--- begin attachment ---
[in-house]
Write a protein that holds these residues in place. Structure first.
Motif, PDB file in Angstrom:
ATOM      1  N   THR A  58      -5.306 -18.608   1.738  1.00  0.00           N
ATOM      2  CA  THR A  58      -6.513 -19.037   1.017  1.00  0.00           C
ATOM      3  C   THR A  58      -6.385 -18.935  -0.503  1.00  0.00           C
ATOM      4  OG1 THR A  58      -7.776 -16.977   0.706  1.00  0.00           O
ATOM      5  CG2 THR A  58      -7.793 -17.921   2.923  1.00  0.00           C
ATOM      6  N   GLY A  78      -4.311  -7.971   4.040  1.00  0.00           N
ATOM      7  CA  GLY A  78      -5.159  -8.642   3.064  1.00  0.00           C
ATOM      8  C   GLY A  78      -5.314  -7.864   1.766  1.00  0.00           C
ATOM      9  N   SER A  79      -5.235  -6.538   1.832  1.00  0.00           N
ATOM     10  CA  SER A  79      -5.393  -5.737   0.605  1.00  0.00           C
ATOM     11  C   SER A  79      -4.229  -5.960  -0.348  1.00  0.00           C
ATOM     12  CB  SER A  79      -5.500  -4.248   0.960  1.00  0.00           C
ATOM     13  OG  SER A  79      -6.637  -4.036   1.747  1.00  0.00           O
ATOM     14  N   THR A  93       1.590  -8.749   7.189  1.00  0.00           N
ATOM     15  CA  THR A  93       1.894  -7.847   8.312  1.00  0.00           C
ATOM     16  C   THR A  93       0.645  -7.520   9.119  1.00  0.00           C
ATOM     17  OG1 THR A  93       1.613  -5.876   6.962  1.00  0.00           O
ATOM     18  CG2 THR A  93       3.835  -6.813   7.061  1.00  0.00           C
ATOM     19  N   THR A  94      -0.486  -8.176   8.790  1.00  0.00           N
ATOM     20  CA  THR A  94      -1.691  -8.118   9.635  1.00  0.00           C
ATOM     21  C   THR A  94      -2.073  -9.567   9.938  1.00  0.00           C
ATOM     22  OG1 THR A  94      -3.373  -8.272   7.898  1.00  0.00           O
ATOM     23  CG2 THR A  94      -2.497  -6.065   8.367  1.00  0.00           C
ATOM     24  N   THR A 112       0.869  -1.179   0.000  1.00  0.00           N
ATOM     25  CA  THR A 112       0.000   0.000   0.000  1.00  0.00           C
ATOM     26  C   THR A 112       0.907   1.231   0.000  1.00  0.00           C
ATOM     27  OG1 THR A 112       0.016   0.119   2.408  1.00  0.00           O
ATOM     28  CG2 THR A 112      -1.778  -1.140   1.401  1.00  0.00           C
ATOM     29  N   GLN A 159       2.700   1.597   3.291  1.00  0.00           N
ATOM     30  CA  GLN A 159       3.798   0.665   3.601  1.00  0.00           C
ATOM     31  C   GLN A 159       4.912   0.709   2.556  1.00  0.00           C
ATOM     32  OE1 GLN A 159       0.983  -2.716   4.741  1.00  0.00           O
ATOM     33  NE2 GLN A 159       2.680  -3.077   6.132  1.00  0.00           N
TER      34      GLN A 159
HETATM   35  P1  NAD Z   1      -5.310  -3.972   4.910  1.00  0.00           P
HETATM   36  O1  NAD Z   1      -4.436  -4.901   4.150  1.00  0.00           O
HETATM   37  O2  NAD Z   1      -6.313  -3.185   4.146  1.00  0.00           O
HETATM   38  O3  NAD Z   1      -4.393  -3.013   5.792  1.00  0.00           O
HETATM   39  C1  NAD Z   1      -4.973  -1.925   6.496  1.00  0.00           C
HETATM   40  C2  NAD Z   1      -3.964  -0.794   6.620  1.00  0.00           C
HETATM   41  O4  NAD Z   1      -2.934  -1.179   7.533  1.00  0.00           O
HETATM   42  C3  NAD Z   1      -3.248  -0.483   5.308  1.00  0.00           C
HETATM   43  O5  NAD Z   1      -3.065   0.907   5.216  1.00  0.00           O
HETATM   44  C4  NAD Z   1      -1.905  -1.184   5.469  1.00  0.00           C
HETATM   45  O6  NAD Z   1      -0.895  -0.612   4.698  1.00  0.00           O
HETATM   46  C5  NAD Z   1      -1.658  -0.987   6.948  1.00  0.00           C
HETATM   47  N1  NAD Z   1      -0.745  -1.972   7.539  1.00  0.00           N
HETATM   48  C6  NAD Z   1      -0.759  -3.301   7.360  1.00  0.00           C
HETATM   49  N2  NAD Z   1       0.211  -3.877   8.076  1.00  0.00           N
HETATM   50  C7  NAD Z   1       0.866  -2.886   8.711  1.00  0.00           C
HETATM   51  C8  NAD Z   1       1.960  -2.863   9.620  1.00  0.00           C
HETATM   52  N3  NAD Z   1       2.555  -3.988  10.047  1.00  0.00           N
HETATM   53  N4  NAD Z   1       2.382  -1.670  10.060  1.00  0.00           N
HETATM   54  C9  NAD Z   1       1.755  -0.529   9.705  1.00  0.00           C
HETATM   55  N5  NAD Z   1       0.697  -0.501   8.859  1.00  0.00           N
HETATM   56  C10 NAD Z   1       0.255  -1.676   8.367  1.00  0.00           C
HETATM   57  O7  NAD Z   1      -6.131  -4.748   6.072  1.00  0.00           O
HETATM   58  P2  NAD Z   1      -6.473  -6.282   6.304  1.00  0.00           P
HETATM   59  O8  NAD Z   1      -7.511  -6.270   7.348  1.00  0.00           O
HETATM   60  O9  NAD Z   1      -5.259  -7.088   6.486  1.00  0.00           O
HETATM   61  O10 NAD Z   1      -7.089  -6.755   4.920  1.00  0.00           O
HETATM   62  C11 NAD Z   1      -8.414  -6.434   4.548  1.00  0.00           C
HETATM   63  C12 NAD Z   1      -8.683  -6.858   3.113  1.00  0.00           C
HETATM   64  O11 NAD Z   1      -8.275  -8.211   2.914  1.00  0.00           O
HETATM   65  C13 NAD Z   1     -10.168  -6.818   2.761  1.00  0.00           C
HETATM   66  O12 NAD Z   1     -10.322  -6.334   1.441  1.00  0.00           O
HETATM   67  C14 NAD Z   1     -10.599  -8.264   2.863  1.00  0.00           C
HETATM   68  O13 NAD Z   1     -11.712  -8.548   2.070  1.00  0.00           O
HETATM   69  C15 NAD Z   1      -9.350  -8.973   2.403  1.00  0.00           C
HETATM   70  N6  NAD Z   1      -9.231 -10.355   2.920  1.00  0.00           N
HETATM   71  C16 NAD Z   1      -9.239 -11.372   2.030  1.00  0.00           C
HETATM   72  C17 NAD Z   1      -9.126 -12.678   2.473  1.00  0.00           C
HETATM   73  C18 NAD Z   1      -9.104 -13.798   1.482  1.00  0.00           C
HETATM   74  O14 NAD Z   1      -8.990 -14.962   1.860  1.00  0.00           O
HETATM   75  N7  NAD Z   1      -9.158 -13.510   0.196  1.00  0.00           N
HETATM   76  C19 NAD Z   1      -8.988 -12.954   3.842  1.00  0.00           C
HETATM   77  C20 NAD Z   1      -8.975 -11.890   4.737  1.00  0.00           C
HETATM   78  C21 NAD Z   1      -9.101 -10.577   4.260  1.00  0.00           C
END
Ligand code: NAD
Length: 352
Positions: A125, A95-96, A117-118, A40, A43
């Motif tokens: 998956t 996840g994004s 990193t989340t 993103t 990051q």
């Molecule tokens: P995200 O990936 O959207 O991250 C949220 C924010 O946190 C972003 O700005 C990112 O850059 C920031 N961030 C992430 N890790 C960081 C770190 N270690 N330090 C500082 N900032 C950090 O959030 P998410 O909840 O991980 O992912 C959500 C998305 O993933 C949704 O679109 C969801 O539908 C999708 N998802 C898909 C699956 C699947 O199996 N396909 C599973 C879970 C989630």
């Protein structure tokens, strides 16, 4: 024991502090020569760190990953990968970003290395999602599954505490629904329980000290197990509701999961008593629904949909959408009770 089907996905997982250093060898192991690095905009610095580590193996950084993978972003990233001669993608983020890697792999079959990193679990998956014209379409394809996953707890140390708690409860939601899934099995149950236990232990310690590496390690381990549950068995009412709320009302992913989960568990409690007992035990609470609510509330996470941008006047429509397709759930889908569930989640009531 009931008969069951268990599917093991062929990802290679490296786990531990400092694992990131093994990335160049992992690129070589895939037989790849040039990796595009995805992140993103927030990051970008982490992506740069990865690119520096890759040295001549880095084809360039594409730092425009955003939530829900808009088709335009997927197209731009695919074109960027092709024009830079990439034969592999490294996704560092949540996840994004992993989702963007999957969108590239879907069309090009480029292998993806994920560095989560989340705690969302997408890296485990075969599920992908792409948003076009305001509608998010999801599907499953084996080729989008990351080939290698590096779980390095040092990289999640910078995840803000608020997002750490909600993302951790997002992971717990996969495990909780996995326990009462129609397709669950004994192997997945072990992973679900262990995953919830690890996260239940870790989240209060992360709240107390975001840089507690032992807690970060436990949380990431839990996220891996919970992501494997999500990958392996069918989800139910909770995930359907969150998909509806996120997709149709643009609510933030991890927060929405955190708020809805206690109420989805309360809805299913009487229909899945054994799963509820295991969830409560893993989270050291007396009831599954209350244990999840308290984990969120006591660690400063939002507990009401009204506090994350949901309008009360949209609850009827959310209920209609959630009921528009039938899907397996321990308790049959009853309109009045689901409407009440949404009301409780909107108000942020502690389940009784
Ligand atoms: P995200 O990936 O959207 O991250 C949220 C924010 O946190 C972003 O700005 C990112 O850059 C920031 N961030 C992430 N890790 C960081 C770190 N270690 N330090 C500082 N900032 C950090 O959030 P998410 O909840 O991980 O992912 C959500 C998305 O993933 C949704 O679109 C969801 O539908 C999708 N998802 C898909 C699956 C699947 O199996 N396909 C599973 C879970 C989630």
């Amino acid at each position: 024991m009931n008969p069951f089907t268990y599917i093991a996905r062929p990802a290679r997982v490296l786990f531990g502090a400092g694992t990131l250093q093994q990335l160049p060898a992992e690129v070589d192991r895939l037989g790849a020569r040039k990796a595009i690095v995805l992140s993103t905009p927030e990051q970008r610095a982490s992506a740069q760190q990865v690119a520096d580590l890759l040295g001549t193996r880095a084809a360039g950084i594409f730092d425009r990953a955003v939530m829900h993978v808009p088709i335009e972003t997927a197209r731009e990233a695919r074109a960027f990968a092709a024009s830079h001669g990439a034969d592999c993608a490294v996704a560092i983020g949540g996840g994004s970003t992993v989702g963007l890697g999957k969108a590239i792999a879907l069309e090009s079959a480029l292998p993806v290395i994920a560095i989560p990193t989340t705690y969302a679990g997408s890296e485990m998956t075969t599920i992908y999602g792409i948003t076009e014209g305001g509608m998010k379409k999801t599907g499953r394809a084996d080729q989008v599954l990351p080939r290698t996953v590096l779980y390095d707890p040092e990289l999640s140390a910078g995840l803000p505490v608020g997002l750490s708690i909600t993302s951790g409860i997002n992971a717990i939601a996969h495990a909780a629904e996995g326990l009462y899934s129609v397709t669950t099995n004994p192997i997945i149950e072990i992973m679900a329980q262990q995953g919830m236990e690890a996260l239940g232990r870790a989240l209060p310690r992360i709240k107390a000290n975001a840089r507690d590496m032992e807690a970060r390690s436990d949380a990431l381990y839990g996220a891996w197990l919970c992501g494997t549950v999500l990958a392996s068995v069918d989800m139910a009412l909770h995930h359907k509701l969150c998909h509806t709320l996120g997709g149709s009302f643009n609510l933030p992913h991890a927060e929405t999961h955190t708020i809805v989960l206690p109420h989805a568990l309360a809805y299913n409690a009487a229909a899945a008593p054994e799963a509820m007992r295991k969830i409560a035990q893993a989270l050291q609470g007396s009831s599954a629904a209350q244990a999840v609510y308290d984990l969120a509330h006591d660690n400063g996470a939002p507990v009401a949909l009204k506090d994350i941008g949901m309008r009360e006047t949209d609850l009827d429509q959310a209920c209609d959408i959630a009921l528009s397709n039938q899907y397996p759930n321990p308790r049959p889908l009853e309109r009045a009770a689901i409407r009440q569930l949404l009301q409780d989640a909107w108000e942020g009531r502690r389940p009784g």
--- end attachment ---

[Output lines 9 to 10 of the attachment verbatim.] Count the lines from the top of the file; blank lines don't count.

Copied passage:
ATOM      6  N   GLY A  78      -4.311  -7.971   4.040  1.00  0.00           N
ATOM      7  CA  GLY A  78      -5.159  -8.642   3.064  1.00  0.00           C